According to this about $1 trillion dollars of Russian assets have been frozen by the international community

This money is currently 'frozen', not 'taken' i.e. there's an expectation that it will at some point be given back once Russia starts behaving itself.

By what mechanism might some (or all) of these assets be allocated to Ukraine as war reparations?

Currently Russia is supported only by Syria, China and Venezuela. Most of the rest of world is either firmly in the Ukrainian camp, or discretely keeping quiet.

War reparation's have been imposed in the past, but have always been future-dated (by this I mean the country penalised was told "you need to pay war-reparations of $xxx over the next ??? years") and they always required the agreement (albeit reluctant) of the country making the payment.

Bearing in mind the old axiom 'possession is nine-tenths of the law' and the overwhelming majority of countries against Russia, can't the international community just take the money and give it to Ukraine to help re-build their country?

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    China is not exactly supportive. More supportive than India, but not by much. bbc.com/news/world-asia-china-60615280
    – Fizz
    Mar 6 at 13:36
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    Please note, that that "international community" is basically Nato countries, which are only technically not at war (supplying weapons and "volunteers", just like Russia did it in 2014), and they comprise less than 15% of the world population. And the bigger countries who are neutral (like China) are no fans of Nato, but stay neutral because they have nothing to gain from diplomatic incidents. At such a stage global politics is not about "fairness" but about interests. Just for the sake of context.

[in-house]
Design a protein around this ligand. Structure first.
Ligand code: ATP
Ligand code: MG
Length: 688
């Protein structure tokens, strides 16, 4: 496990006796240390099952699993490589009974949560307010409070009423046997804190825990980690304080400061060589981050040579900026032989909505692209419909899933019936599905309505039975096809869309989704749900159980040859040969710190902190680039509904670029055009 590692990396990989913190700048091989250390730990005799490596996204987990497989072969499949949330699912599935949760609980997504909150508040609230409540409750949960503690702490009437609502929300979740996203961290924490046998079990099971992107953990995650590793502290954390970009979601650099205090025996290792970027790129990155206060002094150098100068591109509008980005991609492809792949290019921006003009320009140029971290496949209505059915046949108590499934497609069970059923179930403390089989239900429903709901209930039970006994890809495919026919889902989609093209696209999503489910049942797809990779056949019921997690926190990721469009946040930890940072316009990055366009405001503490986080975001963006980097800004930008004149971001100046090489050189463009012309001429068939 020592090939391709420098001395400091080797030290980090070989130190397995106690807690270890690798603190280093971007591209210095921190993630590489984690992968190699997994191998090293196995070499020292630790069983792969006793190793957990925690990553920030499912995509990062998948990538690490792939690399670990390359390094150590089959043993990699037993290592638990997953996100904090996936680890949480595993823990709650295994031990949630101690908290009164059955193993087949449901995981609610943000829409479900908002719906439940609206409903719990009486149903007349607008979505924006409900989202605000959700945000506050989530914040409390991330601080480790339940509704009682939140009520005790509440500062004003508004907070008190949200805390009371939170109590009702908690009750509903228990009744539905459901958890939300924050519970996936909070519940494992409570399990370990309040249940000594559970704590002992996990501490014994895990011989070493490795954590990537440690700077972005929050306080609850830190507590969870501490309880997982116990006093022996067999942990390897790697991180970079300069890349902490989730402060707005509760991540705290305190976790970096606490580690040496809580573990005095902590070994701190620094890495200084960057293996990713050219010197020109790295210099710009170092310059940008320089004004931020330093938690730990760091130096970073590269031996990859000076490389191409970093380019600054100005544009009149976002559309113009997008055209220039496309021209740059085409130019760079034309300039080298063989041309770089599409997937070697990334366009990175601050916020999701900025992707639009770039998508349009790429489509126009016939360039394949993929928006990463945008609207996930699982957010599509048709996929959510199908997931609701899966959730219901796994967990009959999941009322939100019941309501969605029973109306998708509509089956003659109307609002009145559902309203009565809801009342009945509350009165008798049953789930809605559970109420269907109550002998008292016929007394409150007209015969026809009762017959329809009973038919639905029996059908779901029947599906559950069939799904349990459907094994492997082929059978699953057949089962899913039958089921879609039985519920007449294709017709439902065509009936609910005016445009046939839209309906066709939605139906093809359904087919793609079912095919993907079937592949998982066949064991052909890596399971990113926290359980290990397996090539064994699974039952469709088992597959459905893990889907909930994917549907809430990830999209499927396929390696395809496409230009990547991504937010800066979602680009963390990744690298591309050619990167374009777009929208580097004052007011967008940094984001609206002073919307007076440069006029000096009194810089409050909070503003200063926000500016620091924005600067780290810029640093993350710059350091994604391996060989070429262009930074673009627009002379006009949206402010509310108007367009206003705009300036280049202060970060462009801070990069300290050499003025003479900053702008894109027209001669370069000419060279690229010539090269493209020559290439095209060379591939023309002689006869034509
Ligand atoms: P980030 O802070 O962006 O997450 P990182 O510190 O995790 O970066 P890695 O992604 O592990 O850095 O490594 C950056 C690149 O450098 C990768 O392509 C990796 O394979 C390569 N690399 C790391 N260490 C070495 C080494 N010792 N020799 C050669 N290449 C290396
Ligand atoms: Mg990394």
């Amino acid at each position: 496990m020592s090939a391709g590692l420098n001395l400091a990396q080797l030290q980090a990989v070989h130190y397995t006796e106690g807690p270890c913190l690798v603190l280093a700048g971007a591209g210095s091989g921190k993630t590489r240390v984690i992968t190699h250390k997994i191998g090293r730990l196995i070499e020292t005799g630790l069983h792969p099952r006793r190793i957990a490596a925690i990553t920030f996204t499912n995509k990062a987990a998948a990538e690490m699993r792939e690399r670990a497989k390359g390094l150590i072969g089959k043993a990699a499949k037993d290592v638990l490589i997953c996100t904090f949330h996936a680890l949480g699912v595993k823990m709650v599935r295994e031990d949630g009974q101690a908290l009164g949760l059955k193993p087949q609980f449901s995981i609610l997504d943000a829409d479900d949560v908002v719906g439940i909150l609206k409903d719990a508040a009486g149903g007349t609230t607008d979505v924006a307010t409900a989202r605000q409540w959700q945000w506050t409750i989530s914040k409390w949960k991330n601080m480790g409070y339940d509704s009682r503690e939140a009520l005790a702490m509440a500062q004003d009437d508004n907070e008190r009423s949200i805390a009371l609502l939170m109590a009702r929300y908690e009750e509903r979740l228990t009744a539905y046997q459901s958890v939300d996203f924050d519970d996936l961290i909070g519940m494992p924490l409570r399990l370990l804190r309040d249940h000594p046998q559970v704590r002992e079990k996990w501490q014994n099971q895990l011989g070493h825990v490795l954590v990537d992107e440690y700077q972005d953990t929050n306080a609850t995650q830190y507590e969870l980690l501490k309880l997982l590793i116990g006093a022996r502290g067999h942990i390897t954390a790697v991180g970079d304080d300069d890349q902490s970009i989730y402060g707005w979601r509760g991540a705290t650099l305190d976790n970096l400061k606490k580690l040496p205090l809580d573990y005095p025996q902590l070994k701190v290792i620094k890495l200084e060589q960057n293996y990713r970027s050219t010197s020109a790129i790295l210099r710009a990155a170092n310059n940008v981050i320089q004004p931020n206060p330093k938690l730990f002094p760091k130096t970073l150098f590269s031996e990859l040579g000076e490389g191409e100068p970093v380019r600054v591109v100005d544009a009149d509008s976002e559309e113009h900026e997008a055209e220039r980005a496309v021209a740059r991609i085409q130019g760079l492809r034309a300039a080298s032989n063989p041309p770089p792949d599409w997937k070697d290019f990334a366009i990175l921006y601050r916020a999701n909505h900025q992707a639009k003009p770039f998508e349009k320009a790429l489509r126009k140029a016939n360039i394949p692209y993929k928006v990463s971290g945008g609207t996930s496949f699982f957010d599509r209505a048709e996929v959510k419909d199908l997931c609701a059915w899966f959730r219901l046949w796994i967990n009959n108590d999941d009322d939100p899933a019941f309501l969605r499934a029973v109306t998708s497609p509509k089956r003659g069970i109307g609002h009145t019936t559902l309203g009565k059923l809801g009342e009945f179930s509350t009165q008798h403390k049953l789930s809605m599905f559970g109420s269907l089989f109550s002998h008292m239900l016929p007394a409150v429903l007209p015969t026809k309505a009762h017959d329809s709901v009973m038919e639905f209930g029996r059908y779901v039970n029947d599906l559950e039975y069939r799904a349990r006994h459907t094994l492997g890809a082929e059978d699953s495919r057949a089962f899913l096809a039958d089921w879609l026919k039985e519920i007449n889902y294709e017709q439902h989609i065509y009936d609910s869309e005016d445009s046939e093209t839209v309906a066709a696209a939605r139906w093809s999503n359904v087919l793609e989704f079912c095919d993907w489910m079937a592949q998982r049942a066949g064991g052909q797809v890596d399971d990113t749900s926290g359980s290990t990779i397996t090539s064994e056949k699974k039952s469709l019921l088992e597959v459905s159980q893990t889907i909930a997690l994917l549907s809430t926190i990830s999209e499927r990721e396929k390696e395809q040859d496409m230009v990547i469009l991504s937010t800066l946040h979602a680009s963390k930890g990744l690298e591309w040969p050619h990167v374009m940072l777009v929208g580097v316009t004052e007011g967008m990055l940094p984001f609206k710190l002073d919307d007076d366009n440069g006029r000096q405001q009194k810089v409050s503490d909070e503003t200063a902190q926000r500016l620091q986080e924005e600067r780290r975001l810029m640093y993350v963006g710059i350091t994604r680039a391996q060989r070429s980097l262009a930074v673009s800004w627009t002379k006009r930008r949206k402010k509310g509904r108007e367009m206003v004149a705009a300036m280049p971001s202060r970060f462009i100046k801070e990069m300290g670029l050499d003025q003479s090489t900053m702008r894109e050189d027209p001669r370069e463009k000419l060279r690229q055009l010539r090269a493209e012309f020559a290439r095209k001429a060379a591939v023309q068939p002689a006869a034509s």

– vsz
    Mar 7 at 5:19
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    Brazil, Mexico, Argentina, Indonesia, Japan, Nigeria, DRC, and many other large countries also voted to condemn the invasion. So it's hardly just Nato who oppose the war.
    – Stuart F
    Mar 7 at 17:07

4 Answers 4


For reparations to be meaningfully paid towards rebuilding Ukraine, Russia would have to be militarily defeated and driven out.

Short of that, they'll probably negotiate with the West an unfreezing/return of their assets in return for some concessions in Ukraine... or elsewhere. Remember, they could still easily occupy non-NATO countries like Moldova etc., which their armies are presently headed for. (Like Moldova, Georgia also is suddenly pressing for EU membership. So we might see a 2nd invasion of that country, if Putin feels like doing it.)

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    For reparations to be meaningfully paid towards rebuilding Ukraine, Russia would have to be militarily defeated and driven out. - is that all that would be required? Are you implying that if the Russian army is repelled they would automatically pay reparations? What would happen in other scenarios like Russia deciding the invasion was too costly and leaving? Or Ukraine depleting Russia's entire conventional army but not themselves attacking Russian land? Is it a given that Russia would pay reparations in those scenarios?